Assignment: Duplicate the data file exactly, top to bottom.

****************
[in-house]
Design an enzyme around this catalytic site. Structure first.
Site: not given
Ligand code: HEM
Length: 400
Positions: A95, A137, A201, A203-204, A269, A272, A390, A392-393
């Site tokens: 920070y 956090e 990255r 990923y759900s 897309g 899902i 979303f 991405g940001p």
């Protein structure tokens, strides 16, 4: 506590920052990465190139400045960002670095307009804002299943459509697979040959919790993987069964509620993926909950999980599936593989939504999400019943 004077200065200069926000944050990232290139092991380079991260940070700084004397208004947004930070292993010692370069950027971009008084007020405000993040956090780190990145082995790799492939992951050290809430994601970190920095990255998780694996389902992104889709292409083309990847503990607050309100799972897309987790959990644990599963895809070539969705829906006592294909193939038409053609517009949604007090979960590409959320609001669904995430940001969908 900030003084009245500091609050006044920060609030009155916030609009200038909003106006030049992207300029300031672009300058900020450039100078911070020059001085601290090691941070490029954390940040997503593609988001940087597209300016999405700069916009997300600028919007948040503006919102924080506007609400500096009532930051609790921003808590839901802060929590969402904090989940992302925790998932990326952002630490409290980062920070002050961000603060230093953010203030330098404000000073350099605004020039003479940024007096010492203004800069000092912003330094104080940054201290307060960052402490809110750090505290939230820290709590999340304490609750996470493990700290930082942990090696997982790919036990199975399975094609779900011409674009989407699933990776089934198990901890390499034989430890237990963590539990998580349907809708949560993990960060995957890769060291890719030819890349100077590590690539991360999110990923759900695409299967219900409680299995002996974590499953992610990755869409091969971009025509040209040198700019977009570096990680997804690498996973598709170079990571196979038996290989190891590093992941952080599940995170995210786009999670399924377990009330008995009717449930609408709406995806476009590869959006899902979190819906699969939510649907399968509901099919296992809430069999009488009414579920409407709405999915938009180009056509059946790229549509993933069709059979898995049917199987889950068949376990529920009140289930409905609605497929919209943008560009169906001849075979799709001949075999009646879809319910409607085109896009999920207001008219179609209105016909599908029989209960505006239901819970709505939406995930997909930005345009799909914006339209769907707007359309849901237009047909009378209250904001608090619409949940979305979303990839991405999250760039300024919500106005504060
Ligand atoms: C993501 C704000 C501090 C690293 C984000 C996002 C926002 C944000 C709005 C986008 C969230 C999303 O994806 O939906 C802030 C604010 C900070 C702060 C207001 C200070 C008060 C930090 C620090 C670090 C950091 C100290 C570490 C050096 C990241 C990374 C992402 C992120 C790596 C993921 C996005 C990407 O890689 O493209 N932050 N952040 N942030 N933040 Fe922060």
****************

[in-house]
Design an enzyme around this catalytic site. Structure first.
Site: not given
Ligand code: HEM
Length: 400
Positions: A95, A137, A201, A203-204, A269, A272, A390, A392-393
């Site tokens: 920070y 956090e 990255r 990923y759900s 897309g 899902i 979303f 991405g940001p």
């Protein structure tokens, strides 16, 4: 506590920052990465190139400045960002670095307009804002299943459509697979040959919790993987069964509620993926909950999980599936593989939504999400019943 004077200065200069926000944050990232290139092991380079991260940070700084004397208004947004930070292993010692370069950027971009008084007020405000993040956090780190990145082995790799492939992951050290809430994601970190920095990255998780694996389902992104889709292409083309990847503990607050309100799972897309987790959990644990599963895809070539969705829906006592294909193939038409053609517009949604007090979960590409959320609001669904995430940001969908 900030003084009245500091609050006044920060609030009155916030609009200038909003106006030049992207300029300031672009300058900020450039100078911070020059001085601290090691941070490029954390940040997503593609988001940087597209300016999405700069916009997300600028919007948040503006919102924080506007609400500096009532930051609790921003808590839901802060929590969402904090989940992302925790998932990326952002630490409290980062920070002050961000603060230093953010203030330098404000000073350099605004020039003479940024007096010492203004800069000092912003330094104080940054201290307060960052402490809110750090505290939230820290709590999340304490609750996470493990700290930082942990090696997982790919036990199975399975094609779900011409674009989407699933990776089934198990901890390499034989430890237990963590539990998580349907809708949560993990960060995957890769060291890719030819890349100077590590690539991360999110990923759900695409299967219900409680299995002996974590499953992610990755869409091969971009025509040209040198700019977009570096990680997804690498996973598709170079990571196979038996290989190891590093992941952080599940995170995210786009999670399924377990009330008995009717449930609408709406995806476009590869959006899902979190819906699969939510649907399968509901099919296992809430069999009488009414579920409407709405999915938009180009056509059946790229549509993933069709059979898995049917199987889950068949376990529920009140289930409905609605497929919209943008560009169906001849075979799709001949075999009646879809319910409607085109896009999920207001008219179609209105016909599908029989209960505006239901819970709505939406995930997909930005345009799909914006339209769907707007359309849901237009047909009378209250904001608090619409949940979305979303990839991405999250760039300024919500106005504060
Ligand atoms: C993501 C704000 C501090 C690293 C984000 C996002 C926002 C944000 C709005 C986008 C969230 C999303 O994806 O939906 C802030 C604010 C900070 C702060 C207001 C200070 C008060 C930090 C620090 C670090 C950091 C100290 C570490 C050096 C990241 C990374 C992402 C992120 C790596 C993921 C996005 C990407 O890689 O493209 N932050 N952040 N942030 N933040 Fe922060």